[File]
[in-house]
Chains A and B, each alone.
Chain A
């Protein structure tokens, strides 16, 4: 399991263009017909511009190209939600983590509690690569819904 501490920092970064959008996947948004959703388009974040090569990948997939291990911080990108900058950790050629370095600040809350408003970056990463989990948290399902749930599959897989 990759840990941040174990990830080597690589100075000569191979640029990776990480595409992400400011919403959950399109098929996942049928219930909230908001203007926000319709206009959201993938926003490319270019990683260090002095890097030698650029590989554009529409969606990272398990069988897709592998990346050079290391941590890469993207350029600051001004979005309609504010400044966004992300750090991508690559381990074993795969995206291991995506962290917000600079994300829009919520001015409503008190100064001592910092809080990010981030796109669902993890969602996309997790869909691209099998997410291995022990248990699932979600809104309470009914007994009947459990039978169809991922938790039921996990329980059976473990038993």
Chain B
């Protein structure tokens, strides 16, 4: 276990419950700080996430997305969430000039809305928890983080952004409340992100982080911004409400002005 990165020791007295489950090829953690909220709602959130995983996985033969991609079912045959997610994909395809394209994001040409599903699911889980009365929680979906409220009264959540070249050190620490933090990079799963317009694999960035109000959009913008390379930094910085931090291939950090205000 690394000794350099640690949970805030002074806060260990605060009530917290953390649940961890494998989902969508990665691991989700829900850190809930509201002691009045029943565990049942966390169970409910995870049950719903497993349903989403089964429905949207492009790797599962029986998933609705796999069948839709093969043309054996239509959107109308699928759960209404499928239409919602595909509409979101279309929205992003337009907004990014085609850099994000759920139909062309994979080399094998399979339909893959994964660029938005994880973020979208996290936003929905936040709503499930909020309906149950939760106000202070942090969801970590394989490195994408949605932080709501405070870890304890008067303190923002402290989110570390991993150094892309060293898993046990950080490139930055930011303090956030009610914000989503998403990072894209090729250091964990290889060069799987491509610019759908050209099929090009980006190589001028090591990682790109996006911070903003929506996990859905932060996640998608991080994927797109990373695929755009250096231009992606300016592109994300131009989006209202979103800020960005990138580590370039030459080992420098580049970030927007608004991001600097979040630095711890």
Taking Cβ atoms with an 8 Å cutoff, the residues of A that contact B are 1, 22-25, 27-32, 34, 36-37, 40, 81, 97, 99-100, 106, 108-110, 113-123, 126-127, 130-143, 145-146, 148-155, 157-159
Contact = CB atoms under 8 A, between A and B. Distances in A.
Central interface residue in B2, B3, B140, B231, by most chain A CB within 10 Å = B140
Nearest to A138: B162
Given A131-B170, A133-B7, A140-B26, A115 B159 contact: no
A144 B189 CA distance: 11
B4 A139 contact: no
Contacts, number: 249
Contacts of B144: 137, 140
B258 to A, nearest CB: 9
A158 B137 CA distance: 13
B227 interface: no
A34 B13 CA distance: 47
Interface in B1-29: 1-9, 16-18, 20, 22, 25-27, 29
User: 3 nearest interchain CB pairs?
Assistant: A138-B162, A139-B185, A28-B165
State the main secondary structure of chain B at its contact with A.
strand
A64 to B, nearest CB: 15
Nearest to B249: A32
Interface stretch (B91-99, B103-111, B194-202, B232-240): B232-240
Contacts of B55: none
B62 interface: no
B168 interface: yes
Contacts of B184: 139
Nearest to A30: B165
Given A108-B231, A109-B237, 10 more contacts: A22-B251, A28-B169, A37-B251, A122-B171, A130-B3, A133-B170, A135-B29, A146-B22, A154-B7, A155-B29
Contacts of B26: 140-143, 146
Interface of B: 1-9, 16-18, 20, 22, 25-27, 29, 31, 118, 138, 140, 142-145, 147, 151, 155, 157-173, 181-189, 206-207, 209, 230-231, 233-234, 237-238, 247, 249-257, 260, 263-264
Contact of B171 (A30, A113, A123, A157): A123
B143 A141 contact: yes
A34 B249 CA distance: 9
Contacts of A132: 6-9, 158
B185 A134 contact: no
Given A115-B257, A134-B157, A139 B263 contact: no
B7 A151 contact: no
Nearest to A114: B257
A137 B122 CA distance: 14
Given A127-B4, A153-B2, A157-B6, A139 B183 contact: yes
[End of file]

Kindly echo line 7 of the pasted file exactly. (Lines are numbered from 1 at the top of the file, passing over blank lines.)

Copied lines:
Taking Cβ atoms with an 8 Å cutoff, the residues of A that contact B are 1, 22-25, 27-32, 34, 36-37, 40, 81, 97, 99-100, 106, 108-110, 113-123, 126-127, 130-143, 145-146, 148-155, 157-159